Go figure: Deficits matter:
" . . . [T]he nation’s budget deficit is a cinch to go from merely staggering to positively stupendous. At the risk of being economically unchic, we own up to an anachronistic belief that deficits do matter. And that,
further, their impact is destined to be felt with conceivably
incalculable consequences by a financial system that’s already
dangerously stressed, as this one is, with huge shortfalls in our
accounts at home and abroad and a savings rate that’s hovering between
zero and zip."
That quote was from Barron’s Alan Abelson, who believes that not only do deficits matter (duh), but enormous deficits will make interests rates rise:
"Money to rebuild what Katrina destroyed will have to come from somewhere . . . which portends a huge surge of borrowing. That, in turn, means the supply of Treasuries will balloon, joining the heavy flow of bond sales from the portfolios of insurance companies rushing to raise cash to meet the torrent of claims in Katrina’s wake. Which likely spells higher interest rates and all the bad things that may issue from them in an economy so lopsidedly dependent on a housing boom created and sustained by cheap money. A prospect, we might note, that has helped send gold, that indefatigable anticipator of woe, to its highest price since 1988."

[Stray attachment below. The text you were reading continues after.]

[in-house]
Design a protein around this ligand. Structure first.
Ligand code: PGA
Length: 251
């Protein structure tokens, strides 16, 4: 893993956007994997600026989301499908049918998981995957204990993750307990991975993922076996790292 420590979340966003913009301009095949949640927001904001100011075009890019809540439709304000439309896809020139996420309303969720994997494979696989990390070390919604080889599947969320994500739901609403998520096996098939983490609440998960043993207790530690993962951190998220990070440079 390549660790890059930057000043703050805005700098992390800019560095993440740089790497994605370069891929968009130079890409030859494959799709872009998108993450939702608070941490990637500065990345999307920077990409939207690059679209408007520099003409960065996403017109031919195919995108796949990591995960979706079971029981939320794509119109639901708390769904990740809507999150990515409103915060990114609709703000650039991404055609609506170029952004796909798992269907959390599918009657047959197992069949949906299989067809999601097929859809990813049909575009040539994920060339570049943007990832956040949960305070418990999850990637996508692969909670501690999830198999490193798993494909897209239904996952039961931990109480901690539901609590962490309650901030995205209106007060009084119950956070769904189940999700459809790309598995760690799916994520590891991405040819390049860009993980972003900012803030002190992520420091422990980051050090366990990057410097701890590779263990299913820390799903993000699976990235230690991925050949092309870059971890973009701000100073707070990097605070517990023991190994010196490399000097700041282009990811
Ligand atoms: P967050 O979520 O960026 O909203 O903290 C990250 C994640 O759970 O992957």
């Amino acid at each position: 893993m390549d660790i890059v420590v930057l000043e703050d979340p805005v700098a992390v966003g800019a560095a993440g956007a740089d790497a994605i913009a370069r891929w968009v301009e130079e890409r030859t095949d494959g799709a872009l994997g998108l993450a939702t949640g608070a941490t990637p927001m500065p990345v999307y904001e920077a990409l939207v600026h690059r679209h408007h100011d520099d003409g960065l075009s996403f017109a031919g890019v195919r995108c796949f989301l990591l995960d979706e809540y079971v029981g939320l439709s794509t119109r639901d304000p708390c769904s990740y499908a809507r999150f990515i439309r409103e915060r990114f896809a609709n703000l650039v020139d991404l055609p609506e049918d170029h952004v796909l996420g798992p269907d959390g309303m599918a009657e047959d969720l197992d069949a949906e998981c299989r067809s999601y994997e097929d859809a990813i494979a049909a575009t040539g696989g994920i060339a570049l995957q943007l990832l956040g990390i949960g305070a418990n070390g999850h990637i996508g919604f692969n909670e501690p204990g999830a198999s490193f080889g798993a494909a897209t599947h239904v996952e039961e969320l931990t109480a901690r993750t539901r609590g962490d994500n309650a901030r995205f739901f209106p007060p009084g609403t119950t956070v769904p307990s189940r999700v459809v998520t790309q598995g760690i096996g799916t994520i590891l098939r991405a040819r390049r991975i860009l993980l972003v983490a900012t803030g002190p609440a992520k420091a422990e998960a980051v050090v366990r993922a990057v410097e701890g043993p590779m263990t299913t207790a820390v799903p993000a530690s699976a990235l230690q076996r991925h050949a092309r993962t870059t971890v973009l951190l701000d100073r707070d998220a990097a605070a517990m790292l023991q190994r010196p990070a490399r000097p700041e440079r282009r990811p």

Well, rates may be going up, but at least we know that ex-inflation, we have no inflation.
Hmmm, that gives me an idea: We should start reporting the budget deficit, ex-revenue shortfall. Then interest rates (Ex- any rise) will stay low!
Hey, this economic planning thing may be easier than you first thought . . .
Big Repair Job
UP AND DOWN WALL STREET
Barron’s, MONDAY, SEPTEMBER 19, 2005
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